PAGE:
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Inauguration 2005

Two 'important states' get their own inaugural balls

By wire services
Published January 20, 2005

Most Bush supporters who attend tonight's inaugural balls will have to hobnob with people from other states. Only two states get their own balls - you guessed it - Florida and Ohio.

Yes, the state that decided the 2000 election and the one that decided 2004 get exclusive balls at the Washington Convention Center.

"It certainly recognizes that Florida was - and will be again - one of the most important states," said Carole Jean Jordan, chairwoman of the Republican Party of Florida.

She said Gov. Jeb Bush requested the special treatment and the inaugural committee was happy to oblige. "I guess that's one of the perks of being the president's brother."

Florida Republicans sparkle at black-tie ball

U.S. Rep. Tom Feeney, a Republican from Oviedo, got a call Monday, a mere 24 hours before the Republican Party of Florida's black-tie ball. Organizers wanted him to fill in as master of ceremonies. The jovial former speaker of the Florida House agreed.

"I guess the first, second and third choices fell through," said Feeney, laughing.

The Sequins and Stars Ball kicked off two days of Florida-sponsored events celebrating Bush's inauguration. A crowd of 600 dressed in tuxedos and sparkly floor-length gowns munched on duck and pine nut dumplings and seafood egg rolls. Among the guests were Florida Chief Financial Officer Tom Gallagher and former U.S. Senate candidates Bill McCollum and Larry Klayman.

Feeney introduced recipients of the first-ever W Awards, including former astronaut Buzz Aldrin; Cathy Gillespie, coordinator of the W Stands for Women Campaign; newly elected Sen. Mel Martinez; and country crooner Mark Chesnutt.

What did Chesnutt do to merit an award? He campaigned with President Bush in Texas.

For Harris, four years makes a big difference

Four years ago, then-Florida Secretary of State Katherine Harris was mobbed by inaugural crowds in Washington for helping hand Bush his first presidential victory.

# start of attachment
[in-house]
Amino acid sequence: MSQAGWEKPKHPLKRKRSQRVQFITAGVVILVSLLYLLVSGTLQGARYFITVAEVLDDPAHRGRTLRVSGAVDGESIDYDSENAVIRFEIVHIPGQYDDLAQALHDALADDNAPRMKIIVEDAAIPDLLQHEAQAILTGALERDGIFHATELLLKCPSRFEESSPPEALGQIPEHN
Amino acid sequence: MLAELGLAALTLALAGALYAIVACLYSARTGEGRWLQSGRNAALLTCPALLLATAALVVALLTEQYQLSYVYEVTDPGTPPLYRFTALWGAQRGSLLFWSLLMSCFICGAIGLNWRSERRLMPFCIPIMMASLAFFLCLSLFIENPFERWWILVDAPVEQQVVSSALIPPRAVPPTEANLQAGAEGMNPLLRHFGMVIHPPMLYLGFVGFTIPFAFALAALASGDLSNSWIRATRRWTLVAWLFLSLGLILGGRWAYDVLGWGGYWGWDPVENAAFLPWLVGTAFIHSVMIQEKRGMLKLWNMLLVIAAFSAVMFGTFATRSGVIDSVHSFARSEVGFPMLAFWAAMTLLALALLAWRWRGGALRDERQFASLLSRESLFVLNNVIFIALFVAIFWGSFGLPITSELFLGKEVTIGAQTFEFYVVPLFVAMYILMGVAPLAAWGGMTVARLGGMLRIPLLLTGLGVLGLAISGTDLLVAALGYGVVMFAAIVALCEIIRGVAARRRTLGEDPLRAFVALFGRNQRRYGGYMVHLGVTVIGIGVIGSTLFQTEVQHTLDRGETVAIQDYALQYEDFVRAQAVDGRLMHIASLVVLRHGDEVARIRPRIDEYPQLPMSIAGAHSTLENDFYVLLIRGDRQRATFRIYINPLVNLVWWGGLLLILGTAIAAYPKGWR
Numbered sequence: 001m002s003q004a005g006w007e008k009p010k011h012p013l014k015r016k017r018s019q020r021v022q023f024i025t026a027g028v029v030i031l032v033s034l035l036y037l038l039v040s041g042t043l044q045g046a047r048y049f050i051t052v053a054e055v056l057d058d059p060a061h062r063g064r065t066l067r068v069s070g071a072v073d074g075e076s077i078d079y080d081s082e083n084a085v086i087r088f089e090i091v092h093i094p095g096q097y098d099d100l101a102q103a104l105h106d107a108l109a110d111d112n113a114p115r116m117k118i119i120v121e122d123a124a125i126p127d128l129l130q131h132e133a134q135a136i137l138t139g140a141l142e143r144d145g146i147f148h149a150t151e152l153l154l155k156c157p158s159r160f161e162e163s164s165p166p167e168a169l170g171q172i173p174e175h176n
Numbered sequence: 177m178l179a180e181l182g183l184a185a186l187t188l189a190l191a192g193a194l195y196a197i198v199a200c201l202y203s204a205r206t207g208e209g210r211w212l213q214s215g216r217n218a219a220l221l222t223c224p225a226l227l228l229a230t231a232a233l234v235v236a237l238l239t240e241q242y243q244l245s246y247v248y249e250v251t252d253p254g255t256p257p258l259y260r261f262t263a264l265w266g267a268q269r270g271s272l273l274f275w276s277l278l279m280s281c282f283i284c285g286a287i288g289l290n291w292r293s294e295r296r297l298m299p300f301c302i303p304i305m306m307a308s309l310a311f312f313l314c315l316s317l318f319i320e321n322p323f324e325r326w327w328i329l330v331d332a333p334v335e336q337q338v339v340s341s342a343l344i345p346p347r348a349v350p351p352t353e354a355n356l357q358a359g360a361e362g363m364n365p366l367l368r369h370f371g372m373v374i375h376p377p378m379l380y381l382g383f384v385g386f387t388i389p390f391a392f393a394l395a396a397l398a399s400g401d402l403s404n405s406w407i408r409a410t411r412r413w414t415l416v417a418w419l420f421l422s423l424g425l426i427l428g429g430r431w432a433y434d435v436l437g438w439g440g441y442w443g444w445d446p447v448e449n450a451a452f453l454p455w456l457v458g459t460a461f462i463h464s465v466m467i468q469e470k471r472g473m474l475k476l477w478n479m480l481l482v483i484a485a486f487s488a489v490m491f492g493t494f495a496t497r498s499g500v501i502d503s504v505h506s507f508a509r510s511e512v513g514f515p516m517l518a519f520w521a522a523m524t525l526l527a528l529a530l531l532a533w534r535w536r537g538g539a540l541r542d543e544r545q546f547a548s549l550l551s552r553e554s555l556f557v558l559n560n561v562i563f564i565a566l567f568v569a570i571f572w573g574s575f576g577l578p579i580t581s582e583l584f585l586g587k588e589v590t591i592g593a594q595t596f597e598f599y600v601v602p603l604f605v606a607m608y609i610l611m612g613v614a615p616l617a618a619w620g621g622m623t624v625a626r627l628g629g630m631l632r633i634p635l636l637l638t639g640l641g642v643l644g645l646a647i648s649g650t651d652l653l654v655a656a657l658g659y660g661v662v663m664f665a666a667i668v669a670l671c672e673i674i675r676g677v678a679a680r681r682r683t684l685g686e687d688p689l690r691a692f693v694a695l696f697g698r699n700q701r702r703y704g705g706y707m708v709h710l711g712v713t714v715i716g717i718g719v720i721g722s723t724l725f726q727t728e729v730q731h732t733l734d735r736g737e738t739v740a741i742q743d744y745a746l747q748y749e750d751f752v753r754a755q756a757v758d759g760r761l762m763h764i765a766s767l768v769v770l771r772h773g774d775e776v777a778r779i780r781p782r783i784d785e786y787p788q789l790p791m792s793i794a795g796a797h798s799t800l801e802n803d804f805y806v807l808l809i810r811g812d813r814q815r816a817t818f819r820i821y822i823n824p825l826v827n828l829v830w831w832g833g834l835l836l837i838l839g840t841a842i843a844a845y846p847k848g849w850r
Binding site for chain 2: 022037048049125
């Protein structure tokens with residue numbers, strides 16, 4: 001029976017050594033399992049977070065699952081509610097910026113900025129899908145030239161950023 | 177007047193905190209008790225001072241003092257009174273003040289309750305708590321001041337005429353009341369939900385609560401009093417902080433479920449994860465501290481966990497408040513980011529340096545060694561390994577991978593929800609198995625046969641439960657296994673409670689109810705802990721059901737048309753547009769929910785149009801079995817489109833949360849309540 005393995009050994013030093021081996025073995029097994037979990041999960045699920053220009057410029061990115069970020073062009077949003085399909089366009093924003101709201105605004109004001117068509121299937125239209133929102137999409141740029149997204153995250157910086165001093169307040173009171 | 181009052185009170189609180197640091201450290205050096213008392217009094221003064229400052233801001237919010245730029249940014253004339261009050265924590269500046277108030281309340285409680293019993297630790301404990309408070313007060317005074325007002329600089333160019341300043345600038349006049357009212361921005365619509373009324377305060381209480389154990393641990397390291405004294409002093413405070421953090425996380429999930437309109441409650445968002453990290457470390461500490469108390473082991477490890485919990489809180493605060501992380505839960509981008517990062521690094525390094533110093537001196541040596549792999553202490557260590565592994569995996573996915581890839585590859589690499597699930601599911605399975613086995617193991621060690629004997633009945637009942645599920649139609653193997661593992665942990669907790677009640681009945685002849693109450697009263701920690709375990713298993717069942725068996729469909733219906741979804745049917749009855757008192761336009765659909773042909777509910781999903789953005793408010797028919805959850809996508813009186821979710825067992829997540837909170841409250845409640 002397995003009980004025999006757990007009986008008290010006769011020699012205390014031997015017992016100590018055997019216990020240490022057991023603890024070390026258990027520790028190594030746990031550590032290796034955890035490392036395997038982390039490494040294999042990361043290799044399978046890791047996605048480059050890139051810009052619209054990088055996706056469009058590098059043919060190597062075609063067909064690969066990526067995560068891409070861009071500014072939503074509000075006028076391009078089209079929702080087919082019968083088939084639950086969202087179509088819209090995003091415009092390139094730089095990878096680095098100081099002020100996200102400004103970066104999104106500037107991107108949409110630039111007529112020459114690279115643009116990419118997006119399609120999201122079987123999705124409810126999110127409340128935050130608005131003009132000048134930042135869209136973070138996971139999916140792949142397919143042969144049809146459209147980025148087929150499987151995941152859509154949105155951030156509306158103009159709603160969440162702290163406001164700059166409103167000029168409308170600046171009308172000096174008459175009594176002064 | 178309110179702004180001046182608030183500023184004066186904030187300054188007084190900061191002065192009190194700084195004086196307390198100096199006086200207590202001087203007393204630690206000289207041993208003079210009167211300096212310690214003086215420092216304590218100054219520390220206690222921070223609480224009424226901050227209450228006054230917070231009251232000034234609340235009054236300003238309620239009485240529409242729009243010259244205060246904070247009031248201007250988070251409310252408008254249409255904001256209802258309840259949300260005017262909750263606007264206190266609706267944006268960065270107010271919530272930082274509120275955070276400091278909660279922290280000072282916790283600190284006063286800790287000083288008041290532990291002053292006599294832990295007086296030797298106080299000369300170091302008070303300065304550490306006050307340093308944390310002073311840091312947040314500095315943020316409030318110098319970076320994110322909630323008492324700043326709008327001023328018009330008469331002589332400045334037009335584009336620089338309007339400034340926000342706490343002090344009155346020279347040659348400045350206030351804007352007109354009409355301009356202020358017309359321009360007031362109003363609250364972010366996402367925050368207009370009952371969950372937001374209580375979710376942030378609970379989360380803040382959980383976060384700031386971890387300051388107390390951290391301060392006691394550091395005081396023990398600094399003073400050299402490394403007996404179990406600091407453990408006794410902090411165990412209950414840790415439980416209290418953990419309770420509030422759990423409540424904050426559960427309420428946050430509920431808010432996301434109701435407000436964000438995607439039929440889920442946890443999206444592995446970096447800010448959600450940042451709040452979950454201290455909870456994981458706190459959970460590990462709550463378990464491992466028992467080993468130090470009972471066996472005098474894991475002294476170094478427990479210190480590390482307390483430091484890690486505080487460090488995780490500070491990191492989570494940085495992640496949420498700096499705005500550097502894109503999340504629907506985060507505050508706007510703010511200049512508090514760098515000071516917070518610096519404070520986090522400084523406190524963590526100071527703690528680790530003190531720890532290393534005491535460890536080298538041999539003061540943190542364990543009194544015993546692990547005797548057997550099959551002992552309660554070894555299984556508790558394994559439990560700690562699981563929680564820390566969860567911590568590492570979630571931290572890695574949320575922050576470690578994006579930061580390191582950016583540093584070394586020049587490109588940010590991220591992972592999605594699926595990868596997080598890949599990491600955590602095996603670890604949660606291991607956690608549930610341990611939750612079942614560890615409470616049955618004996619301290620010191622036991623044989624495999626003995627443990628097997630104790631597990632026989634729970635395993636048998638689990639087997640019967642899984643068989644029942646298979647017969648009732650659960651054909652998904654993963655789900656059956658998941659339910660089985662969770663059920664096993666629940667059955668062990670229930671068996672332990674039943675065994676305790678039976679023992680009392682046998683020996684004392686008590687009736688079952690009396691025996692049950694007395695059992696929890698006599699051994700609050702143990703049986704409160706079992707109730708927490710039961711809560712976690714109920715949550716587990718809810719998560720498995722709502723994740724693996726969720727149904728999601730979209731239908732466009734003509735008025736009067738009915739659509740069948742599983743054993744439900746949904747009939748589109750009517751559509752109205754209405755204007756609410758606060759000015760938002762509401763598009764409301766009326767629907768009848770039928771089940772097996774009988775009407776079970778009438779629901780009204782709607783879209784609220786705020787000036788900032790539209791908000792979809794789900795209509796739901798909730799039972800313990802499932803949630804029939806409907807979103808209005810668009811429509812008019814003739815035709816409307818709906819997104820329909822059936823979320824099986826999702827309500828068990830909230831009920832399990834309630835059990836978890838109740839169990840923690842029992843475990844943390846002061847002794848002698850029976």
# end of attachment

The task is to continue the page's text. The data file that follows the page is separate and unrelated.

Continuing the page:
At this week's festivities, there were no mobs for Harris, now a congresswoman from Sarasota. No standing ovations. No lines of people clamoring for photographs.

At the Sequins and Stars Ball Tuesday night, one Republican staffer even asked to see her credential before letting her in.

Harris said people constantly ask if she's going to run for U.S. Senate in 2006. She said she would run one day - but didn't say when.

"It's a possibility," she said.

Couple rubs elbows with political stars

Manny and Susan Rose couldn't have been more pleased.

The Feather Sound couple were attending their first presidential inauguration and were amazed at the accessibility of their favorite political stars.

Rose, a radiologist who owns a chain of MRI centers around the Tampa Bay area, and his wife have long contributed to the GOP, but this was the first election in which they donated significant amounts of money, time and energy.

In return, the Republican Party of Florida invited them to the inauguration. They stayed at the Grand Hyatt with the rest of the delegation. They have good seats for today's swearing-in at the Capitol.

Wednesday morning, they attended the Republican Party of Florida's "Faces of Victory" breakfast and panel discussion. (Not to be confused with the "Proud to be an American" breakfast to be held this morning.)

"I'm impressed with the important VIP faces you see here," Rose said, motioning across the croissants to Gaston Cantens, a former Republican representative from Miami who was once in line to be speaker of the Florida House. "I spoke personally with Bill McCollum."

At the breakfast, which included a discussion of the president's 2004 victory and upcoming issues, they greeted Rep. Mark Foley of West Palm Beach and saw Joe Scarborough, the Florida congressman turned conservative TV commentator and author, who moderated the panel.

They met South Dakota Sen. John Thune, a Republican darling for unseating former Senate Minority Leader Tom Daschle ("He seemed so nice, so humble," Mrs. Rose said), as well as Katherine Harris (Mrs. Rose declared her "very bubbly").

At the Sequins and Stars Ball, they met newly elected Florida Sen. Mel Martinez. "We saw him on C-Span," Mrs. Rose said, "and then three hours later he showed up at the ball."

For Florida Republicans, her husband said, "these events are almost more important than the inauguration."

Scarborough bullish on Iraqi elections

Joe Scarborough clearly feels bullish about the recent elections in the United States. Now he's feeling bullish about the elections in Iraq.

Taking a shot at the dour assessment of the viability of the coming Iraqi elections, the conservative commentator and former Florida congressman told a crowd of fellow Florida Republicans Wednesday that he believes Iraqi voter turnout will hit 65 percent, eclipsing the turnout for the recent U.S. presidential election.

Scarborough was moderating an election panel when he made the prediction. His logic? Sixty percent of Iraqis are Shiite Muslims whose top religious leader has implored them to vote. Another 20 percent are Kurds who backed the U.S.-led invasion and who support the election.

Anti-American elements make up no more than 20 percent, he said.

Political analyst Charlie Cook, a panel member, looked at him incredulously. "Twenty bucks."

"I'll bet you 20 bucks right now," Scarborough said.

They shook.

Compiled by staff writers Anita Kumar, Wes Allison and Bill Adair.

[Last modified January 20, 2005, 00:13:15]

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